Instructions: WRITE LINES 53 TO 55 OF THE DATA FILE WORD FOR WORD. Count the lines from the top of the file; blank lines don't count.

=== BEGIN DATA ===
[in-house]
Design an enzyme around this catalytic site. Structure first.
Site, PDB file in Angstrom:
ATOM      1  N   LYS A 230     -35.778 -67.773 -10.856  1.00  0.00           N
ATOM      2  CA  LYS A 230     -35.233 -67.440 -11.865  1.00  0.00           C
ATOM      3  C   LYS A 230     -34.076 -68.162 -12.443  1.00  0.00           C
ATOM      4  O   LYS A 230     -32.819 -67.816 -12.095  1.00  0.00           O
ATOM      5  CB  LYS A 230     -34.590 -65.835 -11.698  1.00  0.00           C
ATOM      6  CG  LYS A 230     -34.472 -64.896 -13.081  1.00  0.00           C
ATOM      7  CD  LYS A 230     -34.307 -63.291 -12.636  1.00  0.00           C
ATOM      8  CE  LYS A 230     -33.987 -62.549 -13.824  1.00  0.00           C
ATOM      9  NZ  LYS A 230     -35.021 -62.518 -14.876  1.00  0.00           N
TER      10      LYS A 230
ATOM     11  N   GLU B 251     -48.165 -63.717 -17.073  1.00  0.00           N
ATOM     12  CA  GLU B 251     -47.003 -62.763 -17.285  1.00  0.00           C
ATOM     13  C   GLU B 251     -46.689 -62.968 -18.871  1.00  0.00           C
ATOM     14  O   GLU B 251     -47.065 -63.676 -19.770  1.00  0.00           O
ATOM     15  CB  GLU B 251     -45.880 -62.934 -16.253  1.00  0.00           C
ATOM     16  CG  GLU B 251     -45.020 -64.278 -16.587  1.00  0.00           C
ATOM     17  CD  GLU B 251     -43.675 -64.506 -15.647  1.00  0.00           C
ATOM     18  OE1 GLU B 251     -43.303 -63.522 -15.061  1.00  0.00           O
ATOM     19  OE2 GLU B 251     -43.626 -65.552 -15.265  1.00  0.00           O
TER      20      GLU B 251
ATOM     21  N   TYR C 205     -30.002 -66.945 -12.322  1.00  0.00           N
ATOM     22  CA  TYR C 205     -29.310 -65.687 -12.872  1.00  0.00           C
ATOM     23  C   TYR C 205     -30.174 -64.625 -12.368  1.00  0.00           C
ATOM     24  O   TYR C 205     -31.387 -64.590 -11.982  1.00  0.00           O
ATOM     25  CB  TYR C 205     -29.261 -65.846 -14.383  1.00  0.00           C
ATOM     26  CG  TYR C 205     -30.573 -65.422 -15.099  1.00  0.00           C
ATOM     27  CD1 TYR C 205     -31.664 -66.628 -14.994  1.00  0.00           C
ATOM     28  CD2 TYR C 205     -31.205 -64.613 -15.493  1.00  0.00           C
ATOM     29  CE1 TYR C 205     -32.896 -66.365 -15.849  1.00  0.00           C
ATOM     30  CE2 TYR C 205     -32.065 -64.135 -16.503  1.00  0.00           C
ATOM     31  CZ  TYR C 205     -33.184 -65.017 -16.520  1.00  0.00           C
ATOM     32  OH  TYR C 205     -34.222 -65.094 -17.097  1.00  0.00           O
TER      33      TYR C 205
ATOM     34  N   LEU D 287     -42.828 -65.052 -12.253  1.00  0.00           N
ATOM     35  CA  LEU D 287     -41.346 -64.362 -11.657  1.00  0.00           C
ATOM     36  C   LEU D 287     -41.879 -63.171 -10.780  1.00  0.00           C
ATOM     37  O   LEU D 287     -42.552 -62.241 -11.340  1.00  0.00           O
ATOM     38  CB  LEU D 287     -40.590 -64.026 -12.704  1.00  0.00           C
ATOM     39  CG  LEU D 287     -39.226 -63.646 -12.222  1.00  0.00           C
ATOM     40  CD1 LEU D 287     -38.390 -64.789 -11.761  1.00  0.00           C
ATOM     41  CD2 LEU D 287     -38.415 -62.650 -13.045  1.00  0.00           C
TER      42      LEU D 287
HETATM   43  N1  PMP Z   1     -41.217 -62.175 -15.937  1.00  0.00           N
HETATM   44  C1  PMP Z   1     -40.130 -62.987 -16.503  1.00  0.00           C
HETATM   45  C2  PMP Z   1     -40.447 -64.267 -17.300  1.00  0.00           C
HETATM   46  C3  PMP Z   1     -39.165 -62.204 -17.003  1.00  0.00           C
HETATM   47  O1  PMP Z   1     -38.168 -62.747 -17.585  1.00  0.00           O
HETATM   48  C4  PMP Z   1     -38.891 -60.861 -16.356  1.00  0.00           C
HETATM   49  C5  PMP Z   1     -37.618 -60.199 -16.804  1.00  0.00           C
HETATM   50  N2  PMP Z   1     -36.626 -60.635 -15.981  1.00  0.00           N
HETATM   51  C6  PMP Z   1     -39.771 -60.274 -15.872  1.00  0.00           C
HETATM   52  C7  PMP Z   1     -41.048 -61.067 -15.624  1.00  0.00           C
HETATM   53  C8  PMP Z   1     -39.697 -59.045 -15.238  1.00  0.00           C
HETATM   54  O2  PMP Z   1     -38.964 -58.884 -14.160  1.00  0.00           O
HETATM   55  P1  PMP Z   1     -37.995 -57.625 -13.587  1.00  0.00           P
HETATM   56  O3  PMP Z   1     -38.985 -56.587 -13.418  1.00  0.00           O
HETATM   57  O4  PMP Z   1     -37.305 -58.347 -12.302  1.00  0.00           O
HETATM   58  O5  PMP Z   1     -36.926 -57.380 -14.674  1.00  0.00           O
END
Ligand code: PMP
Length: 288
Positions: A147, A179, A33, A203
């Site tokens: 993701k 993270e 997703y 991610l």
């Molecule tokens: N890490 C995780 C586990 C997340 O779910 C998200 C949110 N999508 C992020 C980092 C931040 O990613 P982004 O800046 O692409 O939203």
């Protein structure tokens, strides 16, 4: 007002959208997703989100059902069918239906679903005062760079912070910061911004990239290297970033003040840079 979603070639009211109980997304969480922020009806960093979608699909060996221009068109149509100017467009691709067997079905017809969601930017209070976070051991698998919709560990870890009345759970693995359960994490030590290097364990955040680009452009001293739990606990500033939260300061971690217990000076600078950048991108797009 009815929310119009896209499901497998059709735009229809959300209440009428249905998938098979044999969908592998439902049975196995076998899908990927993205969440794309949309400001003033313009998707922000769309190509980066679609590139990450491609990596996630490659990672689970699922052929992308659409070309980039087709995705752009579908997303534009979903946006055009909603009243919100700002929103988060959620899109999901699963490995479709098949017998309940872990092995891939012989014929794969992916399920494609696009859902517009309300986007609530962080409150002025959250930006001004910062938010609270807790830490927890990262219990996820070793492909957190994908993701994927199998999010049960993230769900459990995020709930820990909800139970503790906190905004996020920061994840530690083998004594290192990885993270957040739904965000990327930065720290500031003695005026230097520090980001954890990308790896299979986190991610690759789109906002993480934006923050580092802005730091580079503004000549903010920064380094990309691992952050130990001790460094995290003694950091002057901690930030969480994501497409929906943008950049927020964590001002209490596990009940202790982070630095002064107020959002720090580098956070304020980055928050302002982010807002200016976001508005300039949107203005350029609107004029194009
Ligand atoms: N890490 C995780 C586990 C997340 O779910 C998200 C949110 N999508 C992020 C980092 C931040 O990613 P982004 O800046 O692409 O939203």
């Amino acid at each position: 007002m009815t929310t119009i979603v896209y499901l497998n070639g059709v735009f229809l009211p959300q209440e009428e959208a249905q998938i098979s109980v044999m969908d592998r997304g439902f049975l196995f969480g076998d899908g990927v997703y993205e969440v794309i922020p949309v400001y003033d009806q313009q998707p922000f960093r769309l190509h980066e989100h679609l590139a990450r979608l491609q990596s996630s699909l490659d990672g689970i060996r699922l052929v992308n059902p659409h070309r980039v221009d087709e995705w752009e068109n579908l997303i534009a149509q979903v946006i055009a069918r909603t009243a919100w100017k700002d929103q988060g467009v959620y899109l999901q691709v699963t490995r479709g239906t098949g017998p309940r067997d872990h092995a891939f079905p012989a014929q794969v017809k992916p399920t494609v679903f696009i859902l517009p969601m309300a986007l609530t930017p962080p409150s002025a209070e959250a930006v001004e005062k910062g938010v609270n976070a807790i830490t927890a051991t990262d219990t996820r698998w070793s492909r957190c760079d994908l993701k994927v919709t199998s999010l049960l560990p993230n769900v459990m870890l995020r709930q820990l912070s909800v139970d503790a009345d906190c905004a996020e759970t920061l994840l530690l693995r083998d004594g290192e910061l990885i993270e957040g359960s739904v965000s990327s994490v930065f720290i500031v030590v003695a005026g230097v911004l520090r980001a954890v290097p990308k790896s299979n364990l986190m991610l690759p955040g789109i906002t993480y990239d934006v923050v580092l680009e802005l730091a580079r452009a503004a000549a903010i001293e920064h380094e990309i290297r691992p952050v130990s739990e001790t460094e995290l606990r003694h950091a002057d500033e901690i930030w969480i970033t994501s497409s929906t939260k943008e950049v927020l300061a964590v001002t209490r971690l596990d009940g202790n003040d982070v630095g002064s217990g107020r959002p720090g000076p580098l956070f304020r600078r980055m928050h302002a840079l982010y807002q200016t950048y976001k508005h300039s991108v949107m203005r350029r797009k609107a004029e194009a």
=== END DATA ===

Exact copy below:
HETATM   50  N2  PMP Z   1     -36.626 -60.635 -15.981  1.00  0.00           N
HETATM   51  C6  PMP Z   1     -39.771 -60.274 -15.872  1.00  0.00           C
HETATM   52  C7  PMP Z   1     -41.048 -61.067 -15.624  1.00  0.00           C